Chemoprophylaxis for leprosy patients: comparing two intervention types
While some bacteria multiply every minute, the leprosy bacillus only doubles once every two weeks. Consequently, it may take as long as two to five years before a person affected by leprosy develops symptoms. Also, leprosy symptoms, like skin lesions with impaired sensation, are often not recognized or responded to in a timely manner by patients and health care workers. As a result, an infected person may spread the bacilli for years without knowing. To stop transmission, an innovative, head-on approach is required.
A single dose of rifampicin has been proven to reduce the risk of developing leprosy by 60%, or in some cases even 80%, when administered to contacts of leprosy patients. Although the WHO incorporated this post-exposure prophylaxis treatment in the latest guidelines (WHO 2018), little is known about the most feasible implementation method.
PEP4LEP is a research project (cluster-randomized implementation trial) which compares the effectiveness and feasibility of a skin camp intervention to a health centre-based intervention in Mozambique, Ethiopia, and Tanzania. To avoid stigma, participants in the PEP4LEP study are not only screened for leprosy, but also for other skin diseases. This dermatological screening process is an evidence based and WHO supported method to detect leprosy. The comparison of two study interventions is made by looking at patient detection rates, delays in case detection, cost-effectiveness, and acceptability by stakeholders.
- One PEP4LEP study intervention will be community based, using skin camps to screen around 100 contacts (household members and neighbours) of a person affected by leprosy and provide them with a single dose of rifampicin.
- The other intervention will be health centre based, inviting the household contacts of a person affected by leprosy to be screened in a health centre, and also to be given a single dose of rifampicin when eligible.
In both cases, the SkinApp is used and tested for acceptability by health workers and contacts of persons affected by leprosy. NLR developed the SkinApp as diagnostic tool for health workers, as there is a dermatologist shortage in sub-Saharan Africa. SkinApp aims to support community health workers to recognize the early signs and symptoms of leprosy, so that treatment can start immediately. By enabling timely diagnosis and treatment, the SkinApp contributes to the prevention of disabilities as well as psychological and socio-economic problems like stigma. Besides leprosy, other dermatological conditions that are more common are included in the app (e.g. fungal infections), skin diseases that may be life-threatening (e.g. blistering diseases) and skin conditions that are associated with other neglected tropical diseases or HIV/AIDS.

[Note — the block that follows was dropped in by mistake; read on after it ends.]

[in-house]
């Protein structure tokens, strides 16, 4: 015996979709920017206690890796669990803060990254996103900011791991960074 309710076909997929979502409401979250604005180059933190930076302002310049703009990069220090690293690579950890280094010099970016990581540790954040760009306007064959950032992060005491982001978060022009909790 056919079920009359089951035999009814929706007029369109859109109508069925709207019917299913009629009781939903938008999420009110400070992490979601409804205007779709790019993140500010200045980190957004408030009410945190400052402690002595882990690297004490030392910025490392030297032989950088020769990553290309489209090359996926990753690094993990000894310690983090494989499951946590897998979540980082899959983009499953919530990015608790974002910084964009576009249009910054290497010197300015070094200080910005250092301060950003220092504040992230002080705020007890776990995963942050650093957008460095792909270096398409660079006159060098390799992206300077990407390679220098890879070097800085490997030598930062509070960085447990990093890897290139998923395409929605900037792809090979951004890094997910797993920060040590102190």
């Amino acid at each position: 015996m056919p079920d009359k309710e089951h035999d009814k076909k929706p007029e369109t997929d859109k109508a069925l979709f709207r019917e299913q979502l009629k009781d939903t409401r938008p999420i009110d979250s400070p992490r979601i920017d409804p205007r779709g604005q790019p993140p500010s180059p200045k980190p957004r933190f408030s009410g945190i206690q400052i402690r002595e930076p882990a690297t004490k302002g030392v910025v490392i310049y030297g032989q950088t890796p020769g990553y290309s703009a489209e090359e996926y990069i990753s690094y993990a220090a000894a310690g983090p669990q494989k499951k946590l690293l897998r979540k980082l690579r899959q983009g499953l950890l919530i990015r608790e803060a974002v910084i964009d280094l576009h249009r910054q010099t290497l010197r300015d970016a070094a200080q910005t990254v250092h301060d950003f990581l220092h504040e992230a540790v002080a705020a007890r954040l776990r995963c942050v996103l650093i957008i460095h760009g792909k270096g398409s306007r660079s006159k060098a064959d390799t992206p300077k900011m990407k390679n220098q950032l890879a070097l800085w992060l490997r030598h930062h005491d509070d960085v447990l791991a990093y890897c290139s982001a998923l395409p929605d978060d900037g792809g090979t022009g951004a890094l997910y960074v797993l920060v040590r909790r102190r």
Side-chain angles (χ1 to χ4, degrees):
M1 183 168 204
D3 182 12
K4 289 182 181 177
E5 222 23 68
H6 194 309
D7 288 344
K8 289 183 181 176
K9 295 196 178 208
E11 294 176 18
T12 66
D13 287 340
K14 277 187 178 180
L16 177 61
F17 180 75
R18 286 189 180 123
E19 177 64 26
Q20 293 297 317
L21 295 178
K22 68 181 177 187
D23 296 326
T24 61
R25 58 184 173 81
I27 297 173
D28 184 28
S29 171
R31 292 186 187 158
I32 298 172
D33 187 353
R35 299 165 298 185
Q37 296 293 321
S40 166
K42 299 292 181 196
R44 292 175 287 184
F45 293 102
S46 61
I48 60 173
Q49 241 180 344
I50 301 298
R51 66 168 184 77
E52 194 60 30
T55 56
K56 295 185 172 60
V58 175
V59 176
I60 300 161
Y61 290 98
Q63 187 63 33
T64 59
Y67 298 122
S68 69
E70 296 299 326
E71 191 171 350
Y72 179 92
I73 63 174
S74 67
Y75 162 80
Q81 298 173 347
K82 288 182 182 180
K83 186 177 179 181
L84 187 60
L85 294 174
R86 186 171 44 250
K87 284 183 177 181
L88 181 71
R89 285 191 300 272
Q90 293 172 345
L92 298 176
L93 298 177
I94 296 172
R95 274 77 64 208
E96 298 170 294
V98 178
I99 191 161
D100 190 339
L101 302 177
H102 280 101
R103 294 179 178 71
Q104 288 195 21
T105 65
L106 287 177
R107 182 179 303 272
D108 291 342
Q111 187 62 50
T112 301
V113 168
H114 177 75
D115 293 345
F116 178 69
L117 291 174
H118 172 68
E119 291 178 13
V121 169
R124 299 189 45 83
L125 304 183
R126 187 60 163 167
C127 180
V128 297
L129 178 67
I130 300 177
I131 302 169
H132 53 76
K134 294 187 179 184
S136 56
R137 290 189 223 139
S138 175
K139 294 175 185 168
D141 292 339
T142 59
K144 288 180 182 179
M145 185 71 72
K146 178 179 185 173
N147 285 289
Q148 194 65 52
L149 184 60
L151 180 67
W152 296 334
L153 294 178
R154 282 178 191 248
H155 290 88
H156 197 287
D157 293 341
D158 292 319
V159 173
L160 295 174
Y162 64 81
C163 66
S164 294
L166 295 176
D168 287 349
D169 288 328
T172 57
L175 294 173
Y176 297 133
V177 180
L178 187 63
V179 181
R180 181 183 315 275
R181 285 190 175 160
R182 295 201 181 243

Also, a capacity assessment will take place, testing the effect of skin screening capacity building initiatives, like the SkinApp, for community health workers.
In this project, approximately 30,000 contacts of people affected by leprosy will be screened and when eligible, they will receive a single dose of rifampicin as chemoprophylaxis to hopefully prevent them from developing leprosy and spreading the disease. The results of the PEP4LEP study may help implementing skin screening and SDR-PEP into national and international leprosy routine care guidelines.
Project start date: 1 October 2018
Project duration: 52 months
- NLR, the Netherlands (Coordinator)
- DAHW Deutsche Lepra- und Tuberkulosehilfe e. V., Germany
- Erasmus Universitair Medisch Centrum Rotterdam (Erasmus MC), the Netherlands
- Ministry of Health, Community Development, Gender, Elderly and Children – Tanzania, United Republic of Tanzania
- Catholic University of Health and Allied Sciences-Bugando (CUHAS), United Republic of Tanzania
- Ministerio da Saúde – Mozambique, Mozambique
- Universidade Lúrio, Mozambique
- Federal Democratic Republic of Ethiopia Ministry of Health (FMOH), Ethiopia
- Armauer Hansen Research Institute (AHRI), Ethiopia